While we do not forget the first definition of “digital labor,” which importantly emphasizes the material conditions of the digital world (including the extraction of coltan, rare earths, and other “critical minerals” necessary to produce miniaturized digital devices), a definition of platform labor is necessarily predicated upon its narrower meaning. Simply put, platform labor refers to the multifarious working activities and tasks mediated by a digital platform. And although its composition is radically heterogeneous, research in different parts of the world have highlighted similar effects of the spread of the platform model in the field of labor, including the further erosion of traditional employment models and established labor rights, the prevalence of piece wage, the blurring of the boundary between formal and informal economy, processes of feminization and racialization, high turnover rates and participation of migrant labor (see Mezzadra, 2021; on the Italian case, see Pirone, 2023).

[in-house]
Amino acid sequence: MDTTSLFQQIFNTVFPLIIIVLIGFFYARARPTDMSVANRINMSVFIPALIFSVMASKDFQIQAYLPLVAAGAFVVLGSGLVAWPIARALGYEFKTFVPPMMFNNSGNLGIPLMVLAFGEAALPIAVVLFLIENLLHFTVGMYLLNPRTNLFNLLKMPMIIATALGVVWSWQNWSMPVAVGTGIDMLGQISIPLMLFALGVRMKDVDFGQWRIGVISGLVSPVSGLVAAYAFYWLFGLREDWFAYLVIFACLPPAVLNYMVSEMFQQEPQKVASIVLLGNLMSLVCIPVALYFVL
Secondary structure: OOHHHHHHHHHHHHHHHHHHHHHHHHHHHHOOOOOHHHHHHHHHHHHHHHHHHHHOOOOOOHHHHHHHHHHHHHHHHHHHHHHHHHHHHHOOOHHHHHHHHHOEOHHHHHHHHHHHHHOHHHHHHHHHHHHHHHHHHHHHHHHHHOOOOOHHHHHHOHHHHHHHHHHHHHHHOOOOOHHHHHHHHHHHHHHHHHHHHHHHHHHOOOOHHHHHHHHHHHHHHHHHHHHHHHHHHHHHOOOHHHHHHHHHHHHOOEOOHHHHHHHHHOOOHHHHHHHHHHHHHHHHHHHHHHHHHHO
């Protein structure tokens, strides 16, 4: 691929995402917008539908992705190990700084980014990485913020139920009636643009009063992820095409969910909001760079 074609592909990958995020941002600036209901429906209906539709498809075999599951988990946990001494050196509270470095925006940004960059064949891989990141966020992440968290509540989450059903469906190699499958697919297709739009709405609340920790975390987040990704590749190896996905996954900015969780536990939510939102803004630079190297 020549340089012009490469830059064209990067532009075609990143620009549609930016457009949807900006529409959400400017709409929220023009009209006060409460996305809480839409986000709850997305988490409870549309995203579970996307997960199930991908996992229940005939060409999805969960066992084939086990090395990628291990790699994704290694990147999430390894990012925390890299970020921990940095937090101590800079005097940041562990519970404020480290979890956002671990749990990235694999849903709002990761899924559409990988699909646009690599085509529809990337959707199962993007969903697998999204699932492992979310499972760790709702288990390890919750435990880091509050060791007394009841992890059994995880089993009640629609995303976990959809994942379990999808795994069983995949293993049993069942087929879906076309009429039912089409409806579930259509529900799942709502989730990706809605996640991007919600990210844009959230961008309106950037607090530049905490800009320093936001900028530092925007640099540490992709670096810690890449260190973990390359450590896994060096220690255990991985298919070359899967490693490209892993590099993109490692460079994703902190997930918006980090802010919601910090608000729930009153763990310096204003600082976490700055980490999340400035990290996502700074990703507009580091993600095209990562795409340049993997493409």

Although at a general level, the notion of a multiplication of labor (Mezzadra & Neilson, 2013) nicely captures the dynamics connected to the spread of platform labor across diverse geographical scales. Such multiplication encompasses, as Moritz Altenried (2022, 9) writes, “a specific heterogenization of labor geographies and labor mobility, a reconfiguration of the gendered division of labor, and the proliferation of flexible contractual forms such as short-term, subcontracted, freelance, and other forms of irregular employment.” The notion of a Uberization of labor is employed also in research on different figures of platform labor, for instance on riders working for Rappi in Mexico and Argentina. In his work, Federico de Stavola focuses attention on the temporality of labor relations in the experience of those riders, on the structure of the working day as well as on the pace and shifting schedules of the calls they receive. He concludes that the platform organizes “the supply of labor power according to the principles of just-in-time and to-the-point that encapsulate a logic of flows management and logistical accuracy” (De Stavola, 2022, 255).